Hundreds of lives are lost due to Assam floods every year. Thousands are left homeless. Not just humans, the floods spell doom for animals in the famous Kaziranga National Park as well, destroying much of the biodiversity, including endangered species such as the one-horned rhino. This year is no different, with visuals from Assam giving glimpses of the horror unleashed on North-East India’s biggest state. This article seeks to understand the root causes of this recurring phenomenon.
Historically, Assam has been flood-prone due to its geographical proximity to the Brahmaputra river basin. As much as 40 per cent of the state’s land is prone to damage by floods, with the Brahmaputra valley accounting for nearly one-tenth of India’s total flood-prone area. Assamese society, that has now lived with this reality for several years, celebrates the abundance of river water in the state. Various folk songs are dedicated to the majestic river. Traditionally, the floodwaters would replenish crops and soil, and they were not necessarily seen as a menace. However, a combination of natural and man-made factors have made the situation different over the years. The infamous 1950 earthquake set the stage for worse floods in the decades ahead by making the Brahmaputra river more unstable, leading to greater soil erosion on its path. The quake changed the region’s topography and made the Brahmaputra valley more susceptible to deluge thereafter. According to a 2015 report published by the Assam government, steady erosion by the Brahmaputra has led to the destruction of over 3,800 square kilometres of farmland since 1954.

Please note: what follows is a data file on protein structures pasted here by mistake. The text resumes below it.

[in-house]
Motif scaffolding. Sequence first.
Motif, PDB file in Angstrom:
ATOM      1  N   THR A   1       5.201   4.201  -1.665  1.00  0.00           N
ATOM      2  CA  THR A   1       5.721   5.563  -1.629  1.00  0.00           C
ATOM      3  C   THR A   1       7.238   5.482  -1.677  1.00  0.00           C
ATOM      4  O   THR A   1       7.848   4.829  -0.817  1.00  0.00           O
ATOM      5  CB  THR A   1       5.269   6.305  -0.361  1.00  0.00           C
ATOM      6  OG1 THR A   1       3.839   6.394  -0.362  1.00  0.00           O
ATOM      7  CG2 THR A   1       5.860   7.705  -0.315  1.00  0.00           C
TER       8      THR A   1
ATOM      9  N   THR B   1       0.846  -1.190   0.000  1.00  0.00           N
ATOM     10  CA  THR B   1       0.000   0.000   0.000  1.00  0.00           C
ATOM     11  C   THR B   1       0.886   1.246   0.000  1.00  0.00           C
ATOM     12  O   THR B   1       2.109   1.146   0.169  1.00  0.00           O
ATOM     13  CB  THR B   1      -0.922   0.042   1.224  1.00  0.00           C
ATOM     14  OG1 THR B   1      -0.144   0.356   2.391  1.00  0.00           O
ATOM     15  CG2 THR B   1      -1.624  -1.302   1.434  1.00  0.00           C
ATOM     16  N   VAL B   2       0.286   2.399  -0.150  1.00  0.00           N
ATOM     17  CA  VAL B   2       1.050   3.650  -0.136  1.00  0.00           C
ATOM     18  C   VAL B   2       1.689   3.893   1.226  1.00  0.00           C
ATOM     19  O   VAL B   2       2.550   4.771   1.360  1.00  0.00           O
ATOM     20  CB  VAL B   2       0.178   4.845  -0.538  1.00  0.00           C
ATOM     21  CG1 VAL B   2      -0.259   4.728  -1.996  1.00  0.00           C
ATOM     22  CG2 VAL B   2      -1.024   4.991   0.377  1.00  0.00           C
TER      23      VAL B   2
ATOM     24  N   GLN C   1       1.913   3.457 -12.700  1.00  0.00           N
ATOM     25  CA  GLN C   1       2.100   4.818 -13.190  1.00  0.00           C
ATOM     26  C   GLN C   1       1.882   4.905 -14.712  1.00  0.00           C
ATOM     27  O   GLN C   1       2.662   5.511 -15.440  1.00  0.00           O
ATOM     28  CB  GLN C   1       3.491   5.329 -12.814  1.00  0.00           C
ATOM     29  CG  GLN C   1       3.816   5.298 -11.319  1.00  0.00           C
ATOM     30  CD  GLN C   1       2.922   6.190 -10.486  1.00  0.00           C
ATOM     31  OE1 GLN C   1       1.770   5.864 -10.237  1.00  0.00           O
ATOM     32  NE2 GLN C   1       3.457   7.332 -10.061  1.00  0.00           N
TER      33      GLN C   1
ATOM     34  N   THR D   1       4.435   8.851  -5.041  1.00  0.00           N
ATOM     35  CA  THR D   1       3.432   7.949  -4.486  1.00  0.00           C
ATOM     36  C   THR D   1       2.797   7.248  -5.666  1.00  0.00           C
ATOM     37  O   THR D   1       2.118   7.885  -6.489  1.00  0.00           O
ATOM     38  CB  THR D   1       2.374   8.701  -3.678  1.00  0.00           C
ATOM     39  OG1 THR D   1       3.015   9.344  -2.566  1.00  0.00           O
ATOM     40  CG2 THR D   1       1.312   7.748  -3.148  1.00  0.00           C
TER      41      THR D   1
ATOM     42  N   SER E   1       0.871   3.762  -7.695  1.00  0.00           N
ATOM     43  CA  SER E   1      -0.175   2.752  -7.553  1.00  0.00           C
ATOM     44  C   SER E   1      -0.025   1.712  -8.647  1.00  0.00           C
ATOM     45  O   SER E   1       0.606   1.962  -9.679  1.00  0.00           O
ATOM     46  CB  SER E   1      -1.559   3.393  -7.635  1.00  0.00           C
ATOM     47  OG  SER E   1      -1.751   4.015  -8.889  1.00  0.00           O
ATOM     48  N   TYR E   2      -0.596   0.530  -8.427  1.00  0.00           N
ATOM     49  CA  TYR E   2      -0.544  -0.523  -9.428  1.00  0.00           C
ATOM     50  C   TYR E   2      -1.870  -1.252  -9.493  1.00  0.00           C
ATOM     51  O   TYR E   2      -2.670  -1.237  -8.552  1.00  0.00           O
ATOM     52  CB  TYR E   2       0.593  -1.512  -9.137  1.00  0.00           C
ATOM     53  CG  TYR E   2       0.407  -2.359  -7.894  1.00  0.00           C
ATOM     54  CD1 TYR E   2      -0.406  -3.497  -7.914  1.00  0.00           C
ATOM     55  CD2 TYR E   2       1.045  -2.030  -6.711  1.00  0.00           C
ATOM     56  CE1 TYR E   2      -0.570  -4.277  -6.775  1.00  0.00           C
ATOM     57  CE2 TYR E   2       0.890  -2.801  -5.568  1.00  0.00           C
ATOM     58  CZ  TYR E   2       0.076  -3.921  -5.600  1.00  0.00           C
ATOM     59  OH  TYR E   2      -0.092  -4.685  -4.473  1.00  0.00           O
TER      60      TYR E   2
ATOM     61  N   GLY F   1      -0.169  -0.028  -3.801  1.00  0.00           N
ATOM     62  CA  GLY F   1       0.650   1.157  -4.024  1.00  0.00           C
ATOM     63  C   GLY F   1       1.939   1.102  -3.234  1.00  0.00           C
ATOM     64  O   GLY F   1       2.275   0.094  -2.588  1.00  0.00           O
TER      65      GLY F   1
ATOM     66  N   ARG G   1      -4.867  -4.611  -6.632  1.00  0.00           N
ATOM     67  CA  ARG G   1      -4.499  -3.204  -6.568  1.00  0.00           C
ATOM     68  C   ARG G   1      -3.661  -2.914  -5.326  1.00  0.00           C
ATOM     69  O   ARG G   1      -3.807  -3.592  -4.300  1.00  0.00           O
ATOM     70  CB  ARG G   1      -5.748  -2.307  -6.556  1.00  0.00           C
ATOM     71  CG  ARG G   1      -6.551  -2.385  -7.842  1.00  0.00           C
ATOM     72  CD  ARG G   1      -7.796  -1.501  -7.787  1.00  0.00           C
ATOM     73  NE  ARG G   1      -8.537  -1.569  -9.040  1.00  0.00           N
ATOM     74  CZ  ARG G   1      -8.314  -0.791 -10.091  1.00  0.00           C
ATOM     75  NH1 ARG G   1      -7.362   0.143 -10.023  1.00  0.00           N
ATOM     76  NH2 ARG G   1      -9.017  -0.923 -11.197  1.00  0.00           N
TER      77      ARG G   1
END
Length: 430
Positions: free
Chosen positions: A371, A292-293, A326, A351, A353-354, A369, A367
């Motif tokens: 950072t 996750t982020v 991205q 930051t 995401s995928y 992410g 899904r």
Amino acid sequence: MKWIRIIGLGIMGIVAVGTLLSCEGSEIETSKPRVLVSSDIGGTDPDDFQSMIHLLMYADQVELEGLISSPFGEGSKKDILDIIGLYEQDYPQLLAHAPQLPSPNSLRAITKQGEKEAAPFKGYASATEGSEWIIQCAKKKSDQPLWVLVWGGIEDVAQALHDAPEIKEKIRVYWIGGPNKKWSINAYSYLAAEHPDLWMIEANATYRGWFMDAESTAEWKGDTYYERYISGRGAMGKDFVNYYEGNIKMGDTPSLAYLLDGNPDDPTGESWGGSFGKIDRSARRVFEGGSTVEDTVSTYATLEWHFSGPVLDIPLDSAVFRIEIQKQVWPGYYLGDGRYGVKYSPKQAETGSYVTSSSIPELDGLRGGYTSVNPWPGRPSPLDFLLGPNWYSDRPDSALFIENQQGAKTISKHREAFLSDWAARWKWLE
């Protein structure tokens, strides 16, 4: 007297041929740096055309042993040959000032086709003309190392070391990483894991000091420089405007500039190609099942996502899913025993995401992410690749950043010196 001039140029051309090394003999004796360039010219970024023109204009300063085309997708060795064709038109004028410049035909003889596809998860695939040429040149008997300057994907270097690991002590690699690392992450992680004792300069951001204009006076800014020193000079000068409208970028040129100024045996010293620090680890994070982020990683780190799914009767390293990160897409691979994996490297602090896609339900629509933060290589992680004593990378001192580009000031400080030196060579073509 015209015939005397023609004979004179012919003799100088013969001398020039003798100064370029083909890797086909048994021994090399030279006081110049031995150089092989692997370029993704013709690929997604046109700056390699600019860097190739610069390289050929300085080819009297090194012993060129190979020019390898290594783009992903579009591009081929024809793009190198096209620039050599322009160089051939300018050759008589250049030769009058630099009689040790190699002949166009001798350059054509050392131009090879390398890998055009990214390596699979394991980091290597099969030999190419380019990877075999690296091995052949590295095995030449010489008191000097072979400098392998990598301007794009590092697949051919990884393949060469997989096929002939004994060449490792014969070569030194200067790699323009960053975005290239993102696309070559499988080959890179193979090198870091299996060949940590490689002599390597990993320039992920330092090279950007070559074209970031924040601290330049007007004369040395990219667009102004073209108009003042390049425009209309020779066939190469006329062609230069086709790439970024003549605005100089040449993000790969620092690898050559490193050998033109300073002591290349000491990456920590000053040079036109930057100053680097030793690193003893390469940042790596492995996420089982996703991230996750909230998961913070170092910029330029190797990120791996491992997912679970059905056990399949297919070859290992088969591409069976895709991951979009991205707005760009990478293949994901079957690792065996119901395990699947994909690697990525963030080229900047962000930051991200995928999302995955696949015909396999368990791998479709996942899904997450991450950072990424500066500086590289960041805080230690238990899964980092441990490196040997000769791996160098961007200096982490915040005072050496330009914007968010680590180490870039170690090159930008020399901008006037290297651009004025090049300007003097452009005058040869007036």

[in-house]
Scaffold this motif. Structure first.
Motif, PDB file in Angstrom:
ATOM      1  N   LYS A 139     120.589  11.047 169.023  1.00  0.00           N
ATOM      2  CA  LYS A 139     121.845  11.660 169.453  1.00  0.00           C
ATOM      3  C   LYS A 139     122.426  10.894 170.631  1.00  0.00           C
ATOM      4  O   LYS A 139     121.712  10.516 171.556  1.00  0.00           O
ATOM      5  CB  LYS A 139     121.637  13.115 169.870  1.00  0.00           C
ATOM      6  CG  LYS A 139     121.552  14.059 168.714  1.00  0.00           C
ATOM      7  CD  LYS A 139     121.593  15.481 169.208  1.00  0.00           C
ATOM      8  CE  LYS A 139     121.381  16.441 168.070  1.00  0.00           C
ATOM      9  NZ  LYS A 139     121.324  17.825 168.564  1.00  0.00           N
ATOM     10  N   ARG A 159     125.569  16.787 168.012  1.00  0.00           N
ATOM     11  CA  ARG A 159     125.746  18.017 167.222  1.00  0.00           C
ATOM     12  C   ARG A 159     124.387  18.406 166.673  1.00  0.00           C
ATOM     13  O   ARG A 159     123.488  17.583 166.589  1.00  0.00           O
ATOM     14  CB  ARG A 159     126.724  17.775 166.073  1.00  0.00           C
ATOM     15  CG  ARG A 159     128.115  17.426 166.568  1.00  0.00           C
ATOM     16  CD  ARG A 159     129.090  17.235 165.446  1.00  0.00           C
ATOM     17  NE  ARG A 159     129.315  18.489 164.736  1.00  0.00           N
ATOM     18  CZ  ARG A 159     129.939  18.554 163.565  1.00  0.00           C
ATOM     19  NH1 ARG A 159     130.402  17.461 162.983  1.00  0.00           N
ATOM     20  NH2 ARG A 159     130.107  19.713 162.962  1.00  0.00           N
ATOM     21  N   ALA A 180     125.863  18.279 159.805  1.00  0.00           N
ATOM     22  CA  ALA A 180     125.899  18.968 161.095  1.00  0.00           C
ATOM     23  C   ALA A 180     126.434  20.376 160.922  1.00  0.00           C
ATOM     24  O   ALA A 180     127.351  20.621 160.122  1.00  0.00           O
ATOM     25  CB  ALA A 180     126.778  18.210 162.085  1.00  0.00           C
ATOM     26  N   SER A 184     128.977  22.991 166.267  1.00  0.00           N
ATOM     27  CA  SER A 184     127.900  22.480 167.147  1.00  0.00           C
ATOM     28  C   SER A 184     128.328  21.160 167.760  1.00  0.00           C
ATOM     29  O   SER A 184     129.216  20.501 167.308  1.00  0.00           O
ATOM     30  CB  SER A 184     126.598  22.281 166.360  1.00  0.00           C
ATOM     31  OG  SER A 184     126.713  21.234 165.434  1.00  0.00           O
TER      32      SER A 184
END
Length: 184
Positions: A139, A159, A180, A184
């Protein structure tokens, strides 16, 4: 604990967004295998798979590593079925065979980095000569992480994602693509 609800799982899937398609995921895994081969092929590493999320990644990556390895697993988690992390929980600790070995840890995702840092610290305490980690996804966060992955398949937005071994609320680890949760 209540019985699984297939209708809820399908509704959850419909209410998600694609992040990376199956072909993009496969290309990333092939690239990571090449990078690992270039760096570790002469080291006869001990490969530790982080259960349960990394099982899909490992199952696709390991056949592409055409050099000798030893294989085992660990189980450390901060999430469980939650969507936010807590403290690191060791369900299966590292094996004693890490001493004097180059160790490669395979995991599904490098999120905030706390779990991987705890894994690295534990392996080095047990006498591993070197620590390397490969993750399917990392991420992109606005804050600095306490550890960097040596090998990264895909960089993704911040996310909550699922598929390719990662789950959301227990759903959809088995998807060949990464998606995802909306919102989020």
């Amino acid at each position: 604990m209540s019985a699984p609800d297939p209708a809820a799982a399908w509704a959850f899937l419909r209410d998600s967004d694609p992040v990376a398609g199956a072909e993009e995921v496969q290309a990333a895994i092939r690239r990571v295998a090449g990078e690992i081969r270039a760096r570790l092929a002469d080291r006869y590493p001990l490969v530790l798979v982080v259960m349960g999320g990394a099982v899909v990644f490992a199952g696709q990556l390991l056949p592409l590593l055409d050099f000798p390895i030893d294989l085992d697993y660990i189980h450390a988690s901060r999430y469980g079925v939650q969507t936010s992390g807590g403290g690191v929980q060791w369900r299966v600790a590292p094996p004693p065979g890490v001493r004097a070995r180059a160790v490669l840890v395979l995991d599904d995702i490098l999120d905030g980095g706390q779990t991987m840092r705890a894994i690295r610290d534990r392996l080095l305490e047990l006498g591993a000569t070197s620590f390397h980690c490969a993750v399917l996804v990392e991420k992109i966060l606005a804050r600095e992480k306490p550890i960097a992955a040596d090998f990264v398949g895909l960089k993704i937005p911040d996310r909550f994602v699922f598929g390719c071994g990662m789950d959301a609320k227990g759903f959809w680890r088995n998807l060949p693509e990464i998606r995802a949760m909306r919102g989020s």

At the crux of the problem is the very nature of the river Brahmaputra: dynamic and unstable. The Brahmaputra features among the world’s top five rivers in terms of discharge as well as the sediment it brings. The vast amount of sediment comes from Tibet, from where the river originates. “That region is cold, arid, and lacks plantation. Glaciers melt, soil erodes, and all of it results in a highly sedimented river,” said Dhrubajyoti Borgohain, a retired chief engineer of the Brahmaputra Board, a central government body whose responsibilities include flood control in the Brahmaputra basin. By the time the river enters Assam – a state comprising primarily of floodplains and surrounded by hills on all sides – it leads to the deposit of vast amounts of this silt, which subsequently factors into erosion and floods.
Over the years, humans have always played a major role in causing destruction to nature. In Assam, despite the area being prone to flooding, people have not shied away from settling here. Efficiently clogging up the space and subsequently restricting the space for the river to flow. When rainfall is heavy with nowhere to settle, the river inadvertently wreaks havoc on everything in its path.